No description, website, or topics provided.
Clone or download
Latest commit d02c4e7 Dec 5, 2019
Permalink
Type Name Latest commit message Commit time
Failed to load latest commit information.
README.md Update README.md Dec 5, 2019

README.md

click to view as a presentation



Learning Objectives


Students Will Be Able To:


  • Describe the Use Case for AJAX
  • Use the fetch API to make AJAX requests
  • Use ES2017's async/await to handle promises synchronously

Roadmap


  1. Setup
  2. AJAX - What & Why
  3. Make an HTTP Request Using the Fetch API
  4. Use ES2017's async/await to Handle Promises
  5. Function Expressions Can Use await Too
  6. Let's Build an Ugly Little SPA
  7. Using Other HTTP Methods with Fetch
  8. Essential Questions

Setup


  • We'll be using Repl.it during this lesson to learn about AJAX and async/await.

  • Create a new HTML, CSS, JS repl and name it something like AJAX with Fetch.


AJAX - What & Why


  • AJAX is short for Asynchronous JavaScript And XML.

  • Simply put, AJAX is the process of a client sending an HTTP request to a server's API endpoint using JavaScript.

  • In case you're wondering what the XML is about... It's the granddaddy of all markup languages, including HTML.

  • Once upon a time, XML was the de facto format for transferring data between two computers - that's why it's in the name AJAX. However, JSON has since become the preferred data transfer format.


AJAX - What & Why


  • We can use AJAX in the browser to send HTTP requests to any server, as long as the server is CORS compliant.

  • With AJAX, we can send an HTTP request that uses any HTTP method including, GET, POST, PUT & DELETE - no need for method-override!


AJAX - What & Why


  • But, here's the best part: Unlike when we click a link or submit a form on a web page, AJAX does not trigger a page reload!

  • We can use AJAX to communicate with servers to do lots of things, including to read, create, update & delete data without the user seeing a page refresh.

  • AJAX has made possible the modern-day Single Page Application (SPA) such as Gmail and like what you're going to build during this unit!


Make an HTTP Request Using the Fetch API


  • AJAX was originally made possible back in 1998 when IE5 introduced the XMLHttpRequest (XHR) object and it's still in every browser. However, it's a bit clunky to use.

  • One of the reasons jQuery became popular was because it made making AJAX requests easier.

  • However, we no longer have to use the XHR object or load jQuery to make AJAX calls thanks to the Fetch API which is part of the collection of Web APIs included in modern browsers.


Make an HTTP Request Using the Fetch API


  • As we saw earlier, the A in AJAX stands for asynchronous.

  • Indeed, making an AJAX request is an asynchronous operation. So far, we've seen two approaches that enable us to run code after an asynchronous operation has completed. What are they?


Make an HTTP Request Using the Fetch API


  • The Fetch API, like any new Web API asynchronous method, uses promises instead of callbacks.

  • Let's make a GET request to the /users endpoint of JSONPlaceholder, a fake RESTful API for developers:

     fetch('https://jsonplaceholder.typicode.com/users')
     .then(response => console.log(response))

    When ran, we'll see that the fetch method returns a promise that resolves to a Fetch Response object, which has properties such as status, etc.


Make an HTTP Request Using the Fetch API


  • To obtain the data in the body of the response, we need to call either the text or json method which returns yet another promise:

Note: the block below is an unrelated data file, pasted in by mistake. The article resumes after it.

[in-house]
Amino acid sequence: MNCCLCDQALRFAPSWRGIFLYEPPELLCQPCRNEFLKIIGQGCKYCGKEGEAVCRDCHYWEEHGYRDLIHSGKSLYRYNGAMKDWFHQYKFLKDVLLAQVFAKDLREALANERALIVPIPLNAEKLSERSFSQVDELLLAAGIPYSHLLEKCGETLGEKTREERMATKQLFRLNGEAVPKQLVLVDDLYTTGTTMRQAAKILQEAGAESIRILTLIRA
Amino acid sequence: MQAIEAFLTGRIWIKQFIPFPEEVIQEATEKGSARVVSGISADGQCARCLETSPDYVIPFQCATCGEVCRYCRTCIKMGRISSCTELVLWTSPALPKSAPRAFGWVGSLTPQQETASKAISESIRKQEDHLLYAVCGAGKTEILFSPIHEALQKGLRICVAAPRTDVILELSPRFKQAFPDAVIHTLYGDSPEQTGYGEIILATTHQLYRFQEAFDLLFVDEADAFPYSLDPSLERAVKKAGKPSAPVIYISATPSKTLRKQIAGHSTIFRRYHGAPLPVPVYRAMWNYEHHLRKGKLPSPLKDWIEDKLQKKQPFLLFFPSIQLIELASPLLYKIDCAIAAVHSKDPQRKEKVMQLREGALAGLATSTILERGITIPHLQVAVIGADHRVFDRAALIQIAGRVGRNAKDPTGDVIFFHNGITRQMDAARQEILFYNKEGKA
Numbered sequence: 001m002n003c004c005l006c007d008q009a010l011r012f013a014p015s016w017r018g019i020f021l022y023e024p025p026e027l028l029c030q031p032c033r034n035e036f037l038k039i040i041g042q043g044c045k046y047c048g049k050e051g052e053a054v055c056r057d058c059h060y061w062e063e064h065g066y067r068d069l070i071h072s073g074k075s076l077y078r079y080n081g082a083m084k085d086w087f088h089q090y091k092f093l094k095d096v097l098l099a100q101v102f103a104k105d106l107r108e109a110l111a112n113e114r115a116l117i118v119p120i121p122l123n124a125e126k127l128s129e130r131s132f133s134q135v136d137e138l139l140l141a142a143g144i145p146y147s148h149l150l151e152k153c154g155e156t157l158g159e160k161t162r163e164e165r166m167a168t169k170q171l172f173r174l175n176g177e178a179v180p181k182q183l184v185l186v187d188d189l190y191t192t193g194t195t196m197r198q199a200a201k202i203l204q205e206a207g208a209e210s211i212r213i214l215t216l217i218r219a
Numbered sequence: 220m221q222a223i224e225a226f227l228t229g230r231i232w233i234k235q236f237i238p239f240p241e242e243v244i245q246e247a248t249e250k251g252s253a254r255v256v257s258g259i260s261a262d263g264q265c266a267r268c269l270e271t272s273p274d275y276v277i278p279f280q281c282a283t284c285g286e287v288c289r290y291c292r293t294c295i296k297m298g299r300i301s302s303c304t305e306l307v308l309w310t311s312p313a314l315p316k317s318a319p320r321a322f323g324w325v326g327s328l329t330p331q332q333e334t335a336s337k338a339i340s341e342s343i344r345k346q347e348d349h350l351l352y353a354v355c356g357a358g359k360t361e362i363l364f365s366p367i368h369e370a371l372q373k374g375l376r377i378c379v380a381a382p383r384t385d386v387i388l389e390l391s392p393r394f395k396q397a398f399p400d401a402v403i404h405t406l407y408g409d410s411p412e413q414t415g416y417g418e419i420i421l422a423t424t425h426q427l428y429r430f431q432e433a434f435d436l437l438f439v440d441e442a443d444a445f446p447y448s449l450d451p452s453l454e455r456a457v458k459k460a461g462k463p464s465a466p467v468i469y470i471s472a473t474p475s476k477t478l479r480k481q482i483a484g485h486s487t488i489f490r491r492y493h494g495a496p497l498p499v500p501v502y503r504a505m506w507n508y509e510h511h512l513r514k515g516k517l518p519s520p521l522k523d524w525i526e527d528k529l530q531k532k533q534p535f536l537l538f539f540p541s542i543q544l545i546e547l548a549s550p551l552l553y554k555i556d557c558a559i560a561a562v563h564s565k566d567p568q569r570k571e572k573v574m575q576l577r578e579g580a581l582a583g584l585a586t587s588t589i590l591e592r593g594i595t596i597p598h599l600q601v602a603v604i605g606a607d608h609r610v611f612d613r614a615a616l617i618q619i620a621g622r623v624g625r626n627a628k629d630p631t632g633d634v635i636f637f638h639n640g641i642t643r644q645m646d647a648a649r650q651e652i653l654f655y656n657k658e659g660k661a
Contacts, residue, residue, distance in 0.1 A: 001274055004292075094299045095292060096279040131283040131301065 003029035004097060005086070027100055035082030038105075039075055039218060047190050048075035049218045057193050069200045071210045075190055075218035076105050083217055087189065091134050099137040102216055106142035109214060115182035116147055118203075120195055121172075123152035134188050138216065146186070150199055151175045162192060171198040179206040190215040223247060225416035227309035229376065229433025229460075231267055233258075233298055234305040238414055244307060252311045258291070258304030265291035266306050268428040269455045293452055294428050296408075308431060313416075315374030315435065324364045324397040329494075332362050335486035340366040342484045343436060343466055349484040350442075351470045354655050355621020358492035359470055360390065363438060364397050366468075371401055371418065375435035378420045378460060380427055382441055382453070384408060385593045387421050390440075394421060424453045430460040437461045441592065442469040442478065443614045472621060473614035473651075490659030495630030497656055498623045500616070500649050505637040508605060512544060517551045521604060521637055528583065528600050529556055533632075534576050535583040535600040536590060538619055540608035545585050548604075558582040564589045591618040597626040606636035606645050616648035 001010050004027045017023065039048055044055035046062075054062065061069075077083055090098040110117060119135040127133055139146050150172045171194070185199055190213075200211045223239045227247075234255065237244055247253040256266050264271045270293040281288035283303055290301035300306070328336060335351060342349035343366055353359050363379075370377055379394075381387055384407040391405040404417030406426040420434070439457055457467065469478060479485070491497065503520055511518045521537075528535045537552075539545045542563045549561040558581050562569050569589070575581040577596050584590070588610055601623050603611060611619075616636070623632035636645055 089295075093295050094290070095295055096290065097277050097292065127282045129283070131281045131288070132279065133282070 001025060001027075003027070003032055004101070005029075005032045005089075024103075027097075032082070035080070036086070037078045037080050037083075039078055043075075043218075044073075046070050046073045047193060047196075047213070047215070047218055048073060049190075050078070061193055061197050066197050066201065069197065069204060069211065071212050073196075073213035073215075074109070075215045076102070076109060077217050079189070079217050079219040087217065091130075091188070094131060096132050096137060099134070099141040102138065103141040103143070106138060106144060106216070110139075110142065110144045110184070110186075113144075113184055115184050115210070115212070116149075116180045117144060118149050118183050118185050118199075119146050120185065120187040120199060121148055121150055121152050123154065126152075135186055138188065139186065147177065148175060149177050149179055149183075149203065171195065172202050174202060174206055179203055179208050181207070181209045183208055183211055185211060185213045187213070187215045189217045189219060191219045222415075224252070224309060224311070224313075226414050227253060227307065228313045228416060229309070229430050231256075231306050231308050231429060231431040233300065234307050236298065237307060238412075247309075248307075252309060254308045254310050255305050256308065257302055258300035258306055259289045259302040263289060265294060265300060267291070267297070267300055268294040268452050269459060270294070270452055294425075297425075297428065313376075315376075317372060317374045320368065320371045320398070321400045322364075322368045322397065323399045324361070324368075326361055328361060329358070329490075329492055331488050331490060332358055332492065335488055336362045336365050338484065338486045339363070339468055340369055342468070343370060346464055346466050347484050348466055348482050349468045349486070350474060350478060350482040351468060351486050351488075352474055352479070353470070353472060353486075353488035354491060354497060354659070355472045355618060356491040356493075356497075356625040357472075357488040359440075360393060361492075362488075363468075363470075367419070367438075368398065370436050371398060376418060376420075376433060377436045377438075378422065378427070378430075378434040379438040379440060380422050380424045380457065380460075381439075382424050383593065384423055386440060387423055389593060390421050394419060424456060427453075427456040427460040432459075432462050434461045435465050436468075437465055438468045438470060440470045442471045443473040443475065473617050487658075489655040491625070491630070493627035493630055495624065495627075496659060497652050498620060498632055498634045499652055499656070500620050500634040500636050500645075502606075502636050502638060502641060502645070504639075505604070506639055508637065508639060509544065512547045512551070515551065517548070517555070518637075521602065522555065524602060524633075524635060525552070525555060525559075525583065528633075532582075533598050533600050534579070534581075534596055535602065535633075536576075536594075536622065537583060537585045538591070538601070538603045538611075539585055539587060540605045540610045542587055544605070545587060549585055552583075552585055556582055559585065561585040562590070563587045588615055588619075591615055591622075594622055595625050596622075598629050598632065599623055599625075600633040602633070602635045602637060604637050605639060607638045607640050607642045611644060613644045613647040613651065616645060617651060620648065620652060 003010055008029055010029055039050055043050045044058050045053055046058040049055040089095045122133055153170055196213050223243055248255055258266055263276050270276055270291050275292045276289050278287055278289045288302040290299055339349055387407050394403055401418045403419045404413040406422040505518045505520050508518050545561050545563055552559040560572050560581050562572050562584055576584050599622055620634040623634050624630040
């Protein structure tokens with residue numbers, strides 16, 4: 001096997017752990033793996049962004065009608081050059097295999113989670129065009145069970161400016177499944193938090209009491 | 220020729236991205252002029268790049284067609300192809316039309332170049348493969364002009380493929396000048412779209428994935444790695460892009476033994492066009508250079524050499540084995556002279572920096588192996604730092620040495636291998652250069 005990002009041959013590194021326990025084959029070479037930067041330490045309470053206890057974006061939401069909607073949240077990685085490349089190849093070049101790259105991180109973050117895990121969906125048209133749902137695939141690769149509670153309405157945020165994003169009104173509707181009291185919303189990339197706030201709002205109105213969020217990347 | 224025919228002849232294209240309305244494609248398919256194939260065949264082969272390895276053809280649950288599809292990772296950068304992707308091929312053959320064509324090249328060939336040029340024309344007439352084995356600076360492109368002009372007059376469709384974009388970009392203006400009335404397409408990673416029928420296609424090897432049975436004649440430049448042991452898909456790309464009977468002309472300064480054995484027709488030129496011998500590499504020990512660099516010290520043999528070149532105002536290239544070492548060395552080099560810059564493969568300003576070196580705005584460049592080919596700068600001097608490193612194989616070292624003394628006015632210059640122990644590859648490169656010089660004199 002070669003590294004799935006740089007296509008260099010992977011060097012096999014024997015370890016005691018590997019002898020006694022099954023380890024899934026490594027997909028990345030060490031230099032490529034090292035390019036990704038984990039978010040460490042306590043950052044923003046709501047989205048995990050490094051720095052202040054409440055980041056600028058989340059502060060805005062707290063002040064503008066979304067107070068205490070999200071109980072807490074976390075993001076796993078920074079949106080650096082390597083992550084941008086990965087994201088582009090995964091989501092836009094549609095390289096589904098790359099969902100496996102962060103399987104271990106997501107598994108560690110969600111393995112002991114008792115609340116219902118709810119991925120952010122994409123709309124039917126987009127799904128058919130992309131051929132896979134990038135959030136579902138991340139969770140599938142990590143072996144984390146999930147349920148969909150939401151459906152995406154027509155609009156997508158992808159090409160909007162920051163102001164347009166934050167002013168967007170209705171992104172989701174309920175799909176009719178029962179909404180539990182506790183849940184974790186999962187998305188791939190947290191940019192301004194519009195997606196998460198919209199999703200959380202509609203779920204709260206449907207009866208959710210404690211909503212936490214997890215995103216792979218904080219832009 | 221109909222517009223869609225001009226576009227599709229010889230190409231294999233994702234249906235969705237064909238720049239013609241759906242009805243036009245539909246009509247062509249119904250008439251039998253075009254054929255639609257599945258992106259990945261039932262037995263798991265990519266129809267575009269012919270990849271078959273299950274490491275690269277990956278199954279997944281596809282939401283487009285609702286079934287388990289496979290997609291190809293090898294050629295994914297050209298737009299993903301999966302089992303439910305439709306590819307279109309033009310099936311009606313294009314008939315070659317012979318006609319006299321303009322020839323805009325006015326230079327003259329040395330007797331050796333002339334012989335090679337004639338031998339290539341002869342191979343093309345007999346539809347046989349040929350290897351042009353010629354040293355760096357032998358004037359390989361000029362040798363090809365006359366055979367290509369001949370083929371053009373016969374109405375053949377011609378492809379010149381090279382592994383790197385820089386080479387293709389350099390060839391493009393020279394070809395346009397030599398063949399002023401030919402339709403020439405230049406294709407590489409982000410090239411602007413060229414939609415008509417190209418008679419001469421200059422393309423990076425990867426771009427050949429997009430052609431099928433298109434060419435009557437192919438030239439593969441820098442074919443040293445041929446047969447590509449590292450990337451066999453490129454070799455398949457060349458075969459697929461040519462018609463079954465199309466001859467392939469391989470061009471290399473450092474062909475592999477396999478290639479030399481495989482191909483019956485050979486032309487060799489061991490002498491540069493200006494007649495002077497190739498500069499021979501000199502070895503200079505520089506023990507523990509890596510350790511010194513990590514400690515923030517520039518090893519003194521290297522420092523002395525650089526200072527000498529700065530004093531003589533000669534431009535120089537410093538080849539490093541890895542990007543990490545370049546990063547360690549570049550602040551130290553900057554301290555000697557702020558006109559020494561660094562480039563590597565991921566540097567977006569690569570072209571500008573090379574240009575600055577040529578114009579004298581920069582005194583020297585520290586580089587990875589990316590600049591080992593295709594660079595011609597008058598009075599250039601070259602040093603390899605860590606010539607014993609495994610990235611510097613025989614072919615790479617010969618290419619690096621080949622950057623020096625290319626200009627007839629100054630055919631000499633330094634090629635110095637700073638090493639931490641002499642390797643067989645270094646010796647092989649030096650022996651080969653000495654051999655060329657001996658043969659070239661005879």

fetch('https://jsonplaceholder.typicode.com/users')
     .then(response => response.json())
     .then(users => console.log(users))

    As you can see, the json() method returns a promise that resolves to the data returned by the server, as JSON.


Use ES2017's async/await to Handle Promises


  • Before we continue to use fetch any further, let's see how to use a fantastic new way of working with promises:
    async & await

  • The purpose of async/await is to allow us to work with asynchronous code almost as if it were synchronous!


Use ES2017's async/await to Handle Promises


  • We use the async declaration to mark a function as asynchronous when promises are going to be handled using await within it.

  • We can re-write our code to use async/await like this:

     async function printData() {
       const endpoint = 'https://jsonplaceholder.typicode.com/users';
       users = await fetch(endpoint).then(res => res.json());
       console.log( users );
     }
     
     printData();

    The await operator causes the code in printData to "pause" until the promise returns its resolved value.


Use ES2017's async/await to Handle Promises


  • When using async/await, we can't use a .catch() to handle a promise's rejection, instead we can use JavaScripts's try/catch block:

     async function printData() {
       const endpoint = 'https://jsonplaceholder.typicode.com/users';
       let users;
       try {
         users = await fetch(endpoint).then(res => res.json());
         console.log( users );
       } catch(err) {
         console.log(err);
       } 
     }

    The catch block would run if the fetch failed.


💪 Practice Exercise (2 MIN)


  • After the console.log( users ), add another GET request using fetch to JSONPlaceholder's /posts endpoint.

  • Log out the returned posts.


Use ES2017's async/await to Handle Promises


  • Node.js also has async/await, so you can now work with Mongoose code like this:

     async function index(req, res) {
       const movies = await Movie.find({});
       res.render('movies/index', { title: 'All Movies', movies });
     }

    Instead of this:

     function index(req, res) {
       Movie.find({}).then(function(movies) {
         res.render('movies/index', { title: 'All Movies', movies });
       });
     }

Review Questions


  1. Why is AJAX required to be able to build Single Page Applications like Gmail?

  2. What is wrong with the following code?

    function show(req, res) {
      const movie = await Movie.findById(req.params.id);
      res.render('movies/show', { title: 'Movie Detail', movie });
    }

Function Expressions Can Use await Too


  • Function expressions can also use await. For example, here's how an IIFE can be used to use await without having to define and call an asynchronous function:

     (async function() {
       const endpoint = 'https://jsonplaceholder.typicode.com/users';
       let users = await fetch(endpoint).then(res => res.json());
       console.log(users);
     })();

Let's Build an Ugly Little SPA


  • Let's build an ugly (no CSS) little SPA that renders a selected user's todos.